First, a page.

1/2-year-old Tai Shan of Washington and 3-year-old Mei Lan of Atlanta will fly to new homes in Sichuan, China.
“Tai Shan and Mei Lan not only represent the crystalization of American and Chinese cooperation to preserve pandas but also the friendship of the Chinese and American people,” said Xie Feng, deputy chief of mission at the Chinese embassy in Washington in a farewell speech to the two pandas.
Tai Shan was born in Washington four-and-a-half years ago, to parents loaned to the United States by Beijing, and Mei Lan came into the world, the size of a stick of butter, at the Atlanta zoo three years ago.
But under agreements with the Chinese government, both were supposed to head to China when they turned two to join the panda breeding program.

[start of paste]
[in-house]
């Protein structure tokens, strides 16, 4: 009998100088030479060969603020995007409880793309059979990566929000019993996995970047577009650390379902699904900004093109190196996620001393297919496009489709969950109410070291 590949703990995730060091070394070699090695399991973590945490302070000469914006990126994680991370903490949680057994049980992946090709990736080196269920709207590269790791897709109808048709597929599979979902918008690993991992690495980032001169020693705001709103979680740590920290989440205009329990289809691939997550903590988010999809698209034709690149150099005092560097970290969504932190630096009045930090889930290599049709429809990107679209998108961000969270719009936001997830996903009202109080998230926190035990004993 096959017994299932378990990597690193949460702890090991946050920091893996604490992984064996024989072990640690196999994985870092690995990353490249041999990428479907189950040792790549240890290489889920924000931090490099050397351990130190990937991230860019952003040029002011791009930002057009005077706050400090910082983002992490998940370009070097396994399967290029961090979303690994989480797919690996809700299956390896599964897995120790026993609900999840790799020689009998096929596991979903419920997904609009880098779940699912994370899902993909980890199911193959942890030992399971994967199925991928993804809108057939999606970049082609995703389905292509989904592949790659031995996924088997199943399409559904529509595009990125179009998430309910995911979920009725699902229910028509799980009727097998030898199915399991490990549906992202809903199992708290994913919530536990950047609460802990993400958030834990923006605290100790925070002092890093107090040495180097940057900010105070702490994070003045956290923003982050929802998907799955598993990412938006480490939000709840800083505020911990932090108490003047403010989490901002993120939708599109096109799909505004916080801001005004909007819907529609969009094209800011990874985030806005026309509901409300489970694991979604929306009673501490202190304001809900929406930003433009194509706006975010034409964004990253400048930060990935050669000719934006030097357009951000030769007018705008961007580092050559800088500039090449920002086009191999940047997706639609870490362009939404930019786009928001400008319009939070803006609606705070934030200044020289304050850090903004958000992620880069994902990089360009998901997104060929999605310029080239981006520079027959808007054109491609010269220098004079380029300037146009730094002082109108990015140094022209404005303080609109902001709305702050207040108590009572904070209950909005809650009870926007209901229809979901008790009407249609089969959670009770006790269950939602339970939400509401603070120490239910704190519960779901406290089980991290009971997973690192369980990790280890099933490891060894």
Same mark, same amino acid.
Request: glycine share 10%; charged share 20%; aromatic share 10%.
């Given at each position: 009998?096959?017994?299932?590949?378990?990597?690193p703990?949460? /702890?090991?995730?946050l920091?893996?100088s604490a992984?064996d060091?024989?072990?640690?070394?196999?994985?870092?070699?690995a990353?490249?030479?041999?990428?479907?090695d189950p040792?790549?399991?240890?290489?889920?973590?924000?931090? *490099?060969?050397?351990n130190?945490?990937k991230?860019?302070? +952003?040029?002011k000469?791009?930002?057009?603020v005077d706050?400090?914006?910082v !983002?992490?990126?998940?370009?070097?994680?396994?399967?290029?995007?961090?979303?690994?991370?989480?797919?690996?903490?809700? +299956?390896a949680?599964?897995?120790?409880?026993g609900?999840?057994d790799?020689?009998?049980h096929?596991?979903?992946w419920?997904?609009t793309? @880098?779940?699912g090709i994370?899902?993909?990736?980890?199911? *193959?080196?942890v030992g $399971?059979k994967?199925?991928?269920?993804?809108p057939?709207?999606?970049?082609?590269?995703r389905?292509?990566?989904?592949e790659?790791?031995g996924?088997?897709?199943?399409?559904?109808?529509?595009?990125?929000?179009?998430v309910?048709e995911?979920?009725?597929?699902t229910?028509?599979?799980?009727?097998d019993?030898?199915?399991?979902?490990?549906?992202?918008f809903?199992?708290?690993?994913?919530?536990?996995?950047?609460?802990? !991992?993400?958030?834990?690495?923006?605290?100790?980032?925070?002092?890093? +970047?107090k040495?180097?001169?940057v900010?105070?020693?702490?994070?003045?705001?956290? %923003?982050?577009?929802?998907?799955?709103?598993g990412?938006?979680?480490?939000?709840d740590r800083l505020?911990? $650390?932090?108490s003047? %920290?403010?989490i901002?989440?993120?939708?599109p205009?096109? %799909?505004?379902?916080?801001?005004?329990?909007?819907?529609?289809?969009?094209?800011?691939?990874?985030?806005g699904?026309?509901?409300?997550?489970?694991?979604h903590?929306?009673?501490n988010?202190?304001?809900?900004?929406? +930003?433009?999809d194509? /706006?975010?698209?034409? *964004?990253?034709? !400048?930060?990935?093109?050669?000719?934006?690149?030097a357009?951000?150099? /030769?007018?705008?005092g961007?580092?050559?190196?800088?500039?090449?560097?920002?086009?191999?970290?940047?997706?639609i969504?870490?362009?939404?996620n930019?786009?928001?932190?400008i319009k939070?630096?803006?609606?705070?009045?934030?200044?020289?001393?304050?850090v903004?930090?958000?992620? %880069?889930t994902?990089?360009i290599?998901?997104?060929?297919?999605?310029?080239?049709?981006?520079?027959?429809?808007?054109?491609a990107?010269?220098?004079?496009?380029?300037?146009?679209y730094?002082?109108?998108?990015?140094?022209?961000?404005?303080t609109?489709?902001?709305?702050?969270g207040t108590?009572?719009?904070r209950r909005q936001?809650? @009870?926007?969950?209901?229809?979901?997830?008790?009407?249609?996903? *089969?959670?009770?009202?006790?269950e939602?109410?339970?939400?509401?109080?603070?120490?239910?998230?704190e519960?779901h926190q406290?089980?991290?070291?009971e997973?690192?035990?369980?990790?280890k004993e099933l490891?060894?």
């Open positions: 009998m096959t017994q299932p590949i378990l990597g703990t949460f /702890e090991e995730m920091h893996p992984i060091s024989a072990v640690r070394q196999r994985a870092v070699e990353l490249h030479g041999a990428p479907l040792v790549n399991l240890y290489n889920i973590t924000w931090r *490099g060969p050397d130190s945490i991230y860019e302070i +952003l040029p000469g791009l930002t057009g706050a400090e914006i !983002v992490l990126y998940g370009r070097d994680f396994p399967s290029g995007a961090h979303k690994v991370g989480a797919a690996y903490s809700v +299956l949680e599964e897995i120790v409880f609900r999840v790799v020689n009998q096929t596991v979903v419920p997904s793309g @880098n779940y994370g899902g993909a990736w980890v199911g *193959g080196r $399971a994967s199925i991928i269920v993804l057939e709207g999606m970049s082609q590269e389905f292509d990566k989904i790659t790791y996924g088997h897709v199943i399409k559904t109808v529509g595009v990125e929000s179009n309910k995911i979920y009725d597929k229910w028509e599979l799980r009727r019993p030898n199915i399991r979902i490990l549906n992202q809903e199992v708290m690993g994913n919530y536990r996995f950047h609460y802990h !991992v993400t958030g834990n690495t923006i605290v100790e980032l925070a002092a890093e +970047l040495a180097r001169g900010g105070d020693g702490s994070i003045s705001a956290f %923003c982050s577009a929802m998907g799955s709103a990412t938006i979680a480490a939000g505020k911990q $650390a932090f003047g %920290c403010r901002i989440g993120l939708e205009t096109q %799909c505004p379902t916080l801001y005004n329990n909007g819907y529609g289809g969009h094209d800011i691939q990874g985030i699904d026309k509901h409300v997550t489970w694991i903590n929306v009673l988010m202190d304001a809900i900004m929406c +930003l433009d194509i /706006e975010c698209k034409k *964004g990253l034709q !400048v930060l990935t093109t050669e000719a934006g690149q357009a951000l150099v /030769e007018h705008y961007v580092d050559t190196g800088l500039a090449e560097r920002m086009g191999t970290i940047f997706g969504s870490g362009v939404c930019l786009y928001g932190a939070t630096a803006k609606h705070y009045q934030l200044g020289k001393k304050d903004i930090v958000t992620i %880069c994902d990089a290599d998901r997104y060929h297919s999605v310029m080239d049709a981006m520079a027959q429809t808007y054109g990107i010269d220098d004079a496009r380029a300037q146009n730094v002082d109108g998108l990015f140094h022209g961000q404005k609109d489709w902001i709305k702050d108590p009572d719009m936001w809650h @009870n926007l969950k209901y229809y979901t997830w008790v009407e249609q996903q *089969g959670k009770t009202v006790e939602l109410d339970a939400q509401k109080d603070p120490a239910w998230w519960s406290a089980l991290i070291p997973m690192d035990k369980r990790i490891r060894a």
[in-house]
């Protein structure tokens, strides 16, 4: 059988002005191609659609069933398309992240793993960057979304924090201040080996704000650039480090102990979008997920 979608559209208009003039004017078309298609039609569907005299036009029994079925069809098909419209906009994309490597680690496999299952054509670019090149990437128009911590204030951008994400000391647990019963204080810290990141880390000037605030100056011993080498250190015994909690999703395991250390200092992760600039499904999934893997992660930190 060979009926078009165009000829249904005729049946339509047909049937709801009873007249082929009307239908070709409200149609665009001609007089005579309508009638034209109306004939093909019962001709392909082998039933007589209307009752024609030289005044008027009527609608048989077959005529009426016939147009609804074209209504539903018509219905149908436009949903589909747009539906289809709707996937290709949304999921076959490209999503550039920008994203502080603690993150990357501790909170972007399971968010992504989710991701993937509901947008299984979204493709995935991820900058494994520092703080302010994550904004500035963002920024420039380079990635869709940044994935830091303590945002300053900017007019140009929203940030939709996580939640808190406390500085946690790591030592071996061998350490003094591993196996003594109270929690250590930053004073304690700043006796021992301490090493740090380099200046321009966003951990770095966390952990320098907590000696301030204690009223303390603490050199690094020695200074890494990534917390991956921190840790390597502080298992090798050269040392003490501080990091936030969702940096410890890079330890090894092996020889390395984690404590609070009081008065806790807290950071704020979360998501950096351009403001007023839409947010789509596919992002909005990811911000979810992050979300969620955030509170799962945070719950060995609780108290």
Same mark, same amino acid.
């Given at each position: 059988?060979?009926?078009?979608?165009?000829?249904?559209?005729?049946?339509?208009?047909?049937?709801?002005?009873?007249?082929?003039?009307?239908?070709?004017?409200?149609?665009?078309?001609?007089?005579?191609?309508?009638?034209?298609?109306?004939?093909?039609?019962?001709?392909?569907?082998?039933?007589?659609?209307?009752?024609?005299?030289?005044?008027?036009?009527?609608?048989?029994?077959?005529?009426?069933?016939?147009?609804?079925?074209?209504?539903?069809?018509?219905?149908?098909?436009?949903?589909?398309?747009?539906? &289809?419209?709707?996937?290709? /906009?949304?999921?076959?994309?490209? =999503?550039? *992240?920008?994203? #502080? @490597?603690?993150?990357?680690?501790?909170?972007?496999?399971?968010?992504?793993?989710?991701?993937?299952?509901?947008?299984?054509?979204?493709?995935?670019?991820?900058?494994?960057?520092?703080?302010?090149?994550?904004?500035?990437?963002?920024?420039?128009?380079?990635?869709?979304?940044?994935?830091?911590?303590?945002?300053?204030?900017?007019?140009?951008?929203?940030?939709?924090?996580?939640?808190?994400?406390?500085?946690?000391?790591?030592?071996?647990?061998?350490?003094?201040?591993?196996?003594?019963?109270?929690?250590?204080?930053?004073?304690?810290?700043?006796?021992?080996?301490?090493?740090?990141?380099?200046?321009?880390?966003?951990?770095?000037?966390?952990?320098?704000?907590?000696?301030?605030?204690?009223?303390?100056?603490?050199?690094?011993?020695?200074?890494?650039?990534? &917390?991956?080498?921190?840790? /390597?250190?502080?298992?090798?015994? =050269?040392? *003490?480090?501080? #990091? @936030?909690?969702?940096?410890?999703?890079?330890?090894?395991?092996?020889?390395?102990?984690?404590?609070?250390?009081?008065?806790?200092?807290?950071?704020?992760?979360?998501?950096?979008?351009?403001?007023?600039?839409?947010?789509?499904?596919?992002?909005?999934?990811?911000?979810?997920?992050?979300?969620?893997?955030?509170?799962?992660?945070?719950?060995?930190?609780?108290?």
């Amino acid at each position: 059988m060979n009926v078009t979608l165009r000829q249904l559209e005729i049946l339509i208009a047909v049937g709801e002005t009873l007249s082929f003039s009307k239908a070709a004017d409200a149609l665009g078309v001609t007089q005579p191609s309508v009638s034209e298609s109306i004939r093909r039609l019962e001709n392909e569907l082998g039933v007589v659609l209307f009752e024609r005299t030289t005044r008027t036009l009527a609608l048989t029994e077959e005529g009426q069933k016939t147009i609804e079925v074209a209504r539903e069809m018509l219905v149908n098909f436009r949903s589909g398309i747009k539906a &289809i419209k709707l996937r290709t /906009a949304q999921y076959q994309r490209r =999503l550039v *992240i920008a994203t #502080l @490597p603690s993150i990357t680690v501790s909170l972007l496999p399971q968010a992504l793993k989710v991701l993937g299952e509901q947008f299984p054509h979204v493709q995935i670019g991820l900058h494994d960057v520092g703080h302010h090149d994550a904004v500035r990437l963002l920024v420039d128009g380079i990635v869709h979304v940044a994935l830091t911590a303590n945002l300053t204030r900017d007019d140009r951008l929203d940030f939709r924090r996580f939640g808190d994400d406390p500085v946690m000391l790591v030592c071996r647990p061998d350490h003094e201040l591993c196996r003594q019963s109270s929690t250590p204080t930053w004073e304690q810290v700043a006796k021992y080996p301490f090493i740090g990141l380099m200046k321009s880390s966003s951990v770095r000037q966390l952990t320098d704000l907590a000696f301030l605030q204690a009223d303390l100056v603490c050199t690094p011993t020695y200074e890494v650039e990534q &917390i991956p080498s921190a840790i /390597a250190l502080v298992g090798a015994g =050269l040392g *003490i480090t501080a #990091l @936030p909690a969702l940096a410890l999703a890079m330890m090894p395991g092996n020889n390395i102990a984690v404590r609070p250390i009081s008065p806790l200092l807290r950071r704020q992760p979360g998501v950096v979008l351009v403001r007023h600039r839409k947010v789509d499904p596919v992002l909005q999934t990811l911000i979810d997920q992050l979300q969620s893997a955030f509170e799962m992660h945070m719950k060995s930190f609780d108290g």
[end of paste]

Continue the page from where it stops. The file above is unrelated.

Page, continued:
Zookeepers fed Tai Shan apple and pear slices by hand through bars in his shipping crate before he left for Dulles International Airport early Thursday in a caravan escorted by U.S. Park Police. He munched calmly and looked out through clear plastic windows.
Pandas have a long, symbolic history in Washington. The first panda couple, Ling-Ling and Hsing-Hsing, arrived in 1972 as a gift to the American people from China after President Richard Nixon’s historic visit.
The pair lived more than 20 years at the zoo and produced five cubs — but none survived.
In Atlanta, as Mei Lan was loaded onto the Panda Express the curator of mammals Rebecca Snyder called the female panda’s departure “a bittersweet moment for the Zoo Atlanta family and for fans around the world.”
Giant pandas are an endangered species, with only 1,600 of the black and white bears living in the wild.
Tai Shan and Mei Lan will go to separate refuges after their arrival in Sichuan province, which is home to 75 percent of the world’s giant panda population.
Filed Under: Animal & Plant Life